Northern Ireland is to receive an additional £200m to help fight coronavirus, it has been revealed by Chancellor Rishi Sunak.
The additional funding, which will boost the Coronavirus Emergency Response Fund, means the Treasury has now committed a total £340m to support the effort in Northern Ireland.
People in Northern Ireland also benefit from a range of UK-wide measures including £330bn worth of UK Government backed loans, the Job Retention Scheme and the UK-wide PPE strategy announced last week.
The funding will help the devolved administration at Stormont meet its urgent priorities across public services in Northern Ireland as it works closely with the UK Government to tackle the pandemic.
Welcoming the additional funding, Secretary of State for Northern Ireland, Brandon Lewis MP, said it reflects the Government's promise to do everything in its power to help the country defeat coronavirus.
"This additional funding for the Northern Ireland Executive delivers on that promise by bolstering support for our fantastic public services and their staff - making sure they have the resources they need to meet the exceptional challenges presented by this outbreak," he said.
"We are united in our commitment to tackling coronavirus and working closely with the Northern Ireland Executive as part of our UK-wide effort to fund urgent health priorities at this very challenging time."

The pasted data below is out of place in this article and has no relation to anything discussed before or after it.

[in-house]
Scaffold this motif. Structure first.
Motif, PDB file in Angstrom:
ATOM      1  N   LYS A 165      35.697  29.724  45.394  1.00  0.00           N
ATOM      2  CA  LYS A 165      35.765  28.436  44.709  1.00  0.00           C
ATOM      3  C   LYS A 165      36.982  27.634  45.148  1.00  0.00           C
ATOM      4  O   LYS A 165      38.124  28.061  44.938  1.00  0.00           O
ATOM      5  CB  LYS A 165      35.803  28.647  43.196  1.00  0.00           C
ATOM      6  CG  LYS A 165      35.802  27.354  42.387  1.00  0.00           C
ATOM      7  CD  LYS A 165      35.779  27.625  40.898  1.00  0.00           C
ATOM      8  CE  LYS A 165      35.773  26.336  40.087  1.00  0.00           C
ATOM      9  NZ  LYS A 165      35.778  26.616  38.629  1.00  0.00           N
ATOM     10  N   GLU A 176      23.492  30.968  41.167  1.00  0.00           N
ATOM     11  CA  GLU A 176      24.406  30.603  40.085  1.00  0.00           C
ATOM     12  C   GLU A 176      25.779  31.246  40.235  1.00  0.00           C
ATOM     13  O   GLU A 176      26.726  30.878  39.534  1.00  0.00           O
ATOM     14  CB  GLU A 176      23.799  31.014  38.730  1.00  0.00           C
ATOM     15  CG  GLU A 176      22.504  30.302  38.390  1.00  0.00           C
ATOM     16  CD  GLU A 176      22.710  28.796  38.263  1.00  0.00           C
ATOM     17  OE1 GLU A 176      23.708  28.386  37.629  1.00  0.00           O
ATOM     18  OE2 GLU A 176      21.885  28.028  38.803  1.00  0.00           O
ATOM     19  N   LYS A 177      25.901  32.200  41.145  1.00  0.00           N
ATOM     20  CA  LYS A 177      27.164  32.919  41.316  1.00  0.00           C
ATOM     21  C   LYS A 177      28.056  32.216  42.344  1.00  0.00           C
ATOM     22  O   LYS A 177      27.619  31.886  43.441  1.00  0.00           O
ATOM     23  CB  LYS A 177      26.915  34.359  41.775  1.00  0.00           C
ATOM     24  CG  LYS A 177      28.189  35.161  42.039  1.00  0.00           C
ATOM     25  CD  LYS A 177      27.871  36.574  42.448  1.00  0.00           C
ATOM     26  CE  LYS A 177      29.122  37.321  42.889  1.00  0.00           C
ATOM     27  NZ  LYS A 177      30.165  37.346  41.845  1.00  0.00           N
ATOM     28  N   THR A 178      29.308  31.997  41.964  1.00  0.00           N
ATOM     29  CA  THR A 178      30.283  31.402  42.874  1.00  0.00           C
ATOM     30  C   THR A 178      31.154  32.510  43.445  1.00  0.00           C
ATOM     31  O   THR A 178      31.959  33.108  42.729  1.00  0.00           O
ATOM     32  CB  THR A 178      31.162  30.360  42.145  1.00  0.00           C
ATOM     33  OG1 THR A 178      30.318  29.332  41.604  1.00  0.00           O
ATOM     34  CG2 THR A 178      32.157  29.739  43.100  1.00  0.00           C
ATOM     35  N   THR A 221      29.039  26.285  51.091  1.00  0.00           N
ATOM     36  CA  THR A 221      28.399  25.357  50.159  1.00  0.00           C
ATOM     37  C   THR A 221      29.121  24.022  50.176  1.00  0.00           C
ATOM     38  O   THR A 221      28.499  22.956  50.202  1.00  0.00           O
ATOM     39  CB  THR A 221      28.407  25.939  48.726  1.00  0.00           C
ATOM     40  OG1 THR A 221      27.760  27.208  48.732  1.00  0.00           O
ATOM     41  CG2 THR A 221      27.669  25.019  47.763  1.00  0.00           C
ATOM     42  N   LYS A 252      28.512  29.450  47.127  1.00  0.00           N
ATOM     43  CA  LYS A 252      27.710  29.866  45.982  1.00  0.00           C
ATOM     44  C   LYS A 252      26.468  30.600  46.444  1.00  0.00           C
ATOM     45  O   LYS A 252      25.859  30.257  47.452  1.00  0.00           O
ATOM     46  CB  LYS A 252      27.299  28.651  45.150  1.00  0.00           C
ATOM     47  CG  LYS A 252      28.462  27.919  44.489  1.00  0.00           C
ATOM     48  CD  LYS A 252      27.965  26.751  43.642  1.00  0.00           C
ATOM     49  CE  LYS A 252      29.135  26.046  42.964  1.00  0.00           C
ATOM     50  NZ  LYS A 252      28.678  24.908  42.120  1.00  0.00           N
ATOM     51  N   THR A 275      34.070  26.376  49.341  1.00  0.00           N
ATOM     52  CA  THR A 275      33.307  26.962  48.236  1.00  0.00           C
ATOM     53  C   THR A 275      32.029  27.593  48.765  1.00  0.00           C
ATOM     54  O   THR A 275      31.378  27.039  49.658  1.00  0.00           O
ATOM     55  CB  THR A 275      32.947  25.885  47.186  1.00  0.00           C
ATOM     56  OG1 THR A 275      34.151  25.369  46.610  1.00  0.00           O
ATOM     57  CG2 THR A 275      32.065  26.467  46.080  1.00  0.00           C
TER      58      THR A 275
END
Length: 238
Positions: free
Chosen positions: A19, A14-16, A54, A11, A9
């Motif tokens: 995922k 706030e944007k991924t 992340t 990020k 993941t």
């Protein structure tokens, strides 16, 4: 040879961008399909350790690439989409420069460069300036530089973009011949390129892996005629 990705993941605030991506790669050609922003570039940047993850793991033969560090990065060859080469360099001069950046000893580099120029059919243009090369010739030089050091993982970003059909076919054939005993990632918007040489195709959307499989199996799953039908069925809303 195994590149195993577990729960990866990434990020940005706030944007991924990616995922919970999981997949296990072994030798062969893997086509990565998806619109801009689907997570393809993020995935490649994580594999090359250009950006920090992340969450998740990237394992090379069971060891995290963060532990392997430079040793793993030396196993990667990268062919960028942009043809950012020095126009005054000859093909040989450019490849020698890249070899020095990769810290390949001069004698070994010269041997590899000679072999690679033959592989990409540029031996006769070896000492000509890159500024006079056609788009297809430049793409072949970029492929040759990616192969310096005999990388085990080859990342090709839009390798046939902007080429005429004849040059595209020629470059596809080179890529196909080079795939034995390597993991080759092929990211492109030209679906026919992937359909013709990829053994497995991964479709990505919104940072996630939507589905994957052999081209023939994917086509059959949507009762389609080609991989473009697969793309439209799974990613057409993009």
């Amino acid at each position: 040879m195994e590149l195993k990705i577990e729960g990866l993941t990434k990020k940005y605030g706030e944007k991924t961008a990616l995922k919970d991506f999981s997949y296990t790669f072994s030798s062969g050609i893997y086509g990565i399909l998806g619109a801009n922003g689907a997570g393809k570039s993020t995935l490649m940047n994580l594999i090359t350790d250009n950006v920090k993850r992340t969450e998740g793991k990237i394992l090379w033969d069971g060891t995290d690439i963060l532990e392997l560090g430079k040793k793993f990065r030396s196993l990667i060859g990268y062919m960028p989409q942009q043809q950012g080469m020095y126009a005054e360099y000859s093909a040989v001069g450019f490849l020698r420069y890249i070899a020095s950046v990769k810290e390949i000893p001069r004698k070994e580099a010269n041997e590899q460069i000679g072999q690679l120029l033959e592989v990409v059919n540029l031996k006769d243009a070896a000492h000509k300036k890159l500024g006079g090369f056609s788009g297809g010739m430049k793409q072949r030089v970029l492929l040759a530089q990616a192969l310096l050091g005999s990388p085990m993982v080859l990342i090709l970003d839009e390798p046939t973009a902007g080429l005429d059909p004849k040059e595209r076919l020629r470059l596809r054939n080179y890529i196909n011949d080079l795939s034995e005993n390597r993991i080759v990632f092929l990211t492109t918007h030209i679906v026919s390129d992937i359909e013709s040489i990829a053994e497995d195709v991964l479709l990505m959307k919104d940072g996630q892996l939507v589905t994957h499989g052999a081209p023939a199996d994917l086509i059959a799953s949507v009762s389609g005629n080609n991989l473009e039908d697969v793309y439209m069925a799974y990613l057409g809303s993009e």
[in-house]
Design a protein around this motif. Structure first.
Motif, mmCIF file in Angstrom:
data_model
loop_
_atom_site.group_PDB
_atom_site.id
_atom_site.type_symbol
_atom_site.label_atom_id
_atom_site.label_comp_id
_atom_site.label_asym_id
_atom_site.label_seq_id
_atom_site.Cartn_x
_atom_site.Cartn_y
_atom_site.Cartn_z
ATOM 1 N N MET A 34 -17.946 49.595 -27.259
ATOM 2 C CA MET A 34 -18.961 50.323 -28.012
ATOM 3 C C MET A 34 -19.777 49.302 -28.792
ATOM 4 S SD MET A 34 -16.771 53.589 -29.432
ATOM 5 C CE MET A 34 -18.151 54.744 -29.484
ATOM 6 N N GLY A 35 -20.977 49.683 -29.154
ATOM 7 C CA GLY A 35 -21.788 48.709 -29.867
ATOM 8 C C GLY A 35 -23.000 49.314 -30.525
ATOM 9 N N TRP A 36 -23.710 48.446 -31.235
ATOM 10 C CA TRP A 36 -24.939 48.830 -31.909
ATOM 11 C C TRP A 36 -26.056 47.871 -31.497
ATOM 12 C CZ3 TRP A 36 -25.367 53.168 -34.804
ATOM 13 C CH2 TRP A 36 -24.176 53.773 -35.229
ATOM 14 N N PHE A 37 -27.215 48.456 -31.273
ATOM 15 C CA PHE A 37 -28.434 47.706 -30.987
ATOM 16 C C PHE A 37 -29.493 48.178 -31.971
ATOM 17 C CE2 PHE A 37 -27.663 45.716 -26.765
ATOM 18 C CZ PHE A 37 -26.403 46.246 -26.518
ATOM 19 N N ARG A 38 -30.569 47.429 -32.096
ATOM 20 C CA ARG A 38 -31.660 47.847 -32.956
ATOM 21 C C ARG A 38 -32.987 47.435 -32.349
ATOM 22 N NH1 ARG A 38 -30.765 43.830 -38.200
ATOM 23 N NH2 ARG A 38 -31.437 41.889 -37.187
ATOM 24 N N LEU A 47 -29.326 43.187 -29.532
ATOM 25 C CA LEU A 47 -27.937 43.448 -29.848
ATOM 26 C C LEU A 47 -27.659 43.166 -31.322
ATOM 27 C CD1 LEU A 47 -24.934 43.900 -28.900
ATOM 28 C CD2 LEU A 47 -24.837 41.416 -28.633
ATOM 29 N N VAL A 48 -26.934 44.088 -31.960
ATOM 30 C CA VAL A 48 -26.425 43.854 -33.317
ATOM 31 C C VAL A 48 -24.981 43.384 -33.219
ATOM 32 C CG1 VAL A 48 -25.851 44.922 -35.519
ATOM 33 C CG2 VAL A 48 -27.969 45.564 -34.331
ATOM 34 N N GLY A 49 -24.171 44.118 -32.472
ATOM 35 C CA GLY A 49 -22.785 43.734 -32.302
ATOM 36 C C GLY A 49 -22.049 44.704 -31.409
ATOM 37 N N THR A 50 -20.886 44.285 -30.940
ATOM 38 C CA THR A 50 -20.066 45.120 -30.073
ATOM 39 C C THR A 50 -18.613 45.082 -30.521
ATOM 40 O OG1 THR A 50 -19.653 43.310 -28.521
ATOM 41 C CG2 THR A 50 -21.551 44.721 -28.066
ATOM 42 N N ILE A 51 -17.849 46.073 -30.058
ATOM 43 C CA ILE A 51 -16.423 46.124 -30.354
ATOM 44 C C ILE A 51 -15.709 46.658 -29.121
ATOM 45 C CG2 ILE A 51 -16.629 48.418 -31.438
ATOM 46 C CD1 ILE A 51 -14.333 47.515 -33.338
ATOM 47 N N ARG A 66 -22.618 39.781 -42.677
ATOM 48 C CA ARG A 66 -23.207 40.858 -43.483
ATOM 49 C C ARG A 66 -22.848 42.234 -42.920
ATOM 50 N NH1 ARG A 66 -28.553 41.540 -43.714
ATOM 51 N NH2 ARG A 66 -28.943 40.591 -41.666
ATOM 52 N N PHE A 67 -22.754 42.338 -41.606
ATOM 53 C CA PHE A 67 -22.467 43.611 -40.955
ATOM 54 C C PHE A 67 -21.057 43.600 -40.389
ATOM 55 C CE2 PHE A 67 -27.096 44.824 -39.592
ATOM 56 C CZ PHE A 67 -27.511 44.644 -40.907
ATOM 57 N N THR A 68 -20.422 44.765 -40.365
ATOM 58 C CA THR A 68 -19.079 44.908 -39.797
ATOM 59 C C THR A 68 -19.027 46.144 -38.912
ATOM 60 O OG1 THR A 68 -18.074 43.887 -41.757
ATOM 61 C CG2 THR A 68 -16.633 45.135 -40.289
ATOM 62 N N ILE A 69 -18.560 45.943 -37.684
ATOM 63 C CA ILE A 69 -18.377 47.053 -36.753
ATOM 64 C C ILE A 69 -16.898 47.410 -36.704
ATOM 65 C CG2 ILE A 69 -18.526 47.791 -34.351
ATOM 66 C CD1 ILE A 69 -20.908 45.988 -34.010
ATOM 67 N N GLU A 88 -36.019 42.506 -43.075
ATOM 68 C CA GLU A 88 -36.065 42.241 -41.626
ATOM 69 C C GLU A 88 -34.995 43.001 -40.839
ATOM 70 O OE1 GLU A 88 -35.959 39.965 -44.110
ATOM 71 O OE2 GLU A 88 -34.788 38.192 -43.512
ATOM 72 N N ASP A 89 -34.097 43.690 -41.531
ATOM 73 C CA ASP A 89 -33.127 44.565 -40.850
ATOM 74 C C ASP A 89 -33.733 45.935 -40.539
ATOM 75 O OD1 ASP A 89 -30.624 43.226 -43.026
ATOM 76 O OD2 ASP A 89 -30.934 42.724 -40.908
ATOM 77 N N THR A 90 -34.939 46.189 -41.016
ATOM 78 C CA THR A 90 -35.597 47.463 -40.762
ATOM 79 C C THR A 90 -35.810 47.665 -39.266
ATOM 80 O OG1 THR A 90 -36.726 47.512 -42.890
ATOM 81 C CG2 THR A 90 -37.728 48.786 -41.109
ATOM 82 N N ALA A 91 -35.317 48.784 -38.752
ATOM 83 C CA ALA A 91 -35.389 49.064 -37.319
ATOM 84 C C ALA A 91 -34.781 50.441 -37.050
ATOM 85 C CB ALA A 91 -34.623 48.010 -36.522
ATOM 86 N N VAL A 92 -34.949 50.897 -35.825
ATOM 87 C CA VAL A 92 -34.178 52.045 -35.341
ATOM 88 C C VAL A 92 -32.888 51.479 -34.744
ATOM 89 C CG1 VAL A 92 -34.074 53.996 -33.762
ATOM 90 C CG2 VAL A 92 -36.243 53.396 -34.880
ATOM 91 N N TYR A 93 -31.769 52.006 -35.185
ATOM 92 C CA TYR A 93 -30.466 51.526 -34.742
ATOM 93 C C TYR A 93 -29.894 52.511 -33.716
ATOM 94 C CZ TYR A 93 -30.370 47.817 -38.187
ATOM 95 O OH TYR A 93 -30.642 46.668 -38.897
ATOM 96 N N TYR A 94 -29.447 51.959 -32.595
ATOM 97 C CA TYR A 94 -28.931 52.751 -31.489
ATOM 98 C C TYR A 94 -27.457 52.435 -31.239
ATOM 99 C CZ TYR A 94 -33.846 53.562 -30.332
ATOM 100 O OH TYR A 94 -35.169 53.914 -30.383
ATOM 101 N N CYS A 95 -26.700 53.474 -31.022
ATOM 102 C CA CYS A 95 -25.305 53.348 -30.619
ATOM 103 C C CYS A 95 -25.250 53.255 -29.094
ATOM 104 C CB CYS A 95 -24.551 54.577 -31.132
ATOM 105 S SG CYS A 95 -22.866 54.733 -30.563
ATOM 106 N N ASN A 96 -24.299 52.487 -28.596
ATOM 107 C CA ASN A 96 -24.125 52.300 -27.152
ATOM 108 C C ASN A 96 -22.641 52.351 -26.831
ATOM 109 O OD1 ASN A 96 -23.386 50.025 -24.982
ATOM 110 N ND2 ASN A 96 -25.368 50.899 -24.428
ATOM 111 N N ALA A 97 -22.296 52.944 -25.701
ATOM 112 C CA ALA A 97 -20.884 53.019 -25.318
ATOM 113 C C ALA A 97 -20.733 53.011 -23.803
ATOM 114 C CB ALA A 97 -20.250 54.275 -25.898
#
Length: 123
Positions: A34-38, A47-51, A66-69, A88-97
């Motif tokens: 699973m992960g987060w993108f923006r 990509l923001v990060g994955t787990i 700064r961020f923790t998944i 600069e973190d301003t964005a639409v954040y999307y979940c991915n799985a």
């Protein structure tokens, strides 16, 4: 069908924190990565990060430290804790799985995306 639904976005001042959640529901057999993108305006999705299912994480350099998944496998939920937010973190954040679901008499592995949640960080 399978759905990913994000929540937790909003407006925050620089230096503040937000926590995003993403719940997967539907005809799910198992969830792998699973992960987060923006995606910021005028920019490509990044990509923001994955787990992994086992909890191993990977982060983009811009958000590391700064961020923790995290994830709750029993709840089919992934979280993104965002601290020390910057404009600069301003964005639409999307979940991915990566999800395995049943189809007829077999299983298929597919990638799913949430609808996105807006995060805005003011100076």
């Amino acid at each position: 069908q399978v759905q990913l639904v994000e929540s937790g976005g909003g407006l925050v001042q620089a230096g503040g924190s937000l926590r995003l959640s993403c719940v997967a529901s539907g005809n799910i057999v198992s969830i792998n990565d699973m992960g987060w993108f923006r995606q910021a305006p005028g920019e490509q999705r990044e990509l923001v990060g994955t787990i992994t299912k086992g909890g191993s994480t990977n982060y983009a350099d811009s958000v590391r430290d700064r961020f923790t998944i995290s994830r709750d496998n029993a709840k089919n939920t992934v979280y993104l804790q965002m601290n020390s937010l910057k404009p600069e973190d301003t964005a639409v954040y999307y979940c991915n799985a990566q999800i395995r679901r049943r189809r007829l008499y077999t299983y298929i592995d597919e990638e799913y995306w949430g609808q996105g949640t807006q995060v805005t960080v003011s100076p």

Making the announcement, Chancellor of the Exchequer, Rishi Sunak, paid tribute to staff who would benefit from the additional funds.
"Our public services and its incredible staff are bravely working with immense resolve and skill to keep us safe. We depend on them, which is why we're giving them the extra funds, tools and resources they need to tackle the virus," he said.
"From the start, I've been clear our vital public services will get whatever they need to protect this country and its people from coronavirus. We are delivering on our pledge."
At the Budget on March 11, the Chancellor initially set aside a £5bn fund as a rapid response, and said that whatever extra resources needed by the NHS and public services would be provided.
News of the extra funding comes as Prime Minister Boris Johnson continued his recovery from Covid-19 at Chequers in Buckinghamshire after doctors ordered him to rest.
The latest analysis from Johns Hopkins University in the US suggested the UK's case fatality rate, the number of deaths per 100 confirmed cases, was 12.5%, behind only Italy's rate of 12.7%.
The Ministry of Defence said nearly 200 members of the armed forces are now being loaned to five NHS ambulance trusts in England to support their work during the pandemic.
But the Fire Brigade's Union warned that nearly 3,000 fire and rescue staff are in self-isolation and unable to work.
The Government also continued to face pressure over shortages of personal protective equipment for frontline NHS staff, as a growing number of health workers died.
The Royal College of Nurses issued new guidance that nurses who could not get adequate PPE should, as a "last resort", refuse to work.
Speaking on Monday, Dominic Raab, still standing in for the Prime Minister, said: "We understand the importance of getting PPE to the front line whether it's in care homes or the NHS.
"I think the strongest practical reassurance they will want and that we can give them is that over the Bank Holiday weekend over 16 million items were delivered and we are straining every sinew to roll them out even further and even faster."
Further afield, Spain, which on Sunday reported its lowest daily growth in infections for three weeks, allowed workers to return to factories and construction sites.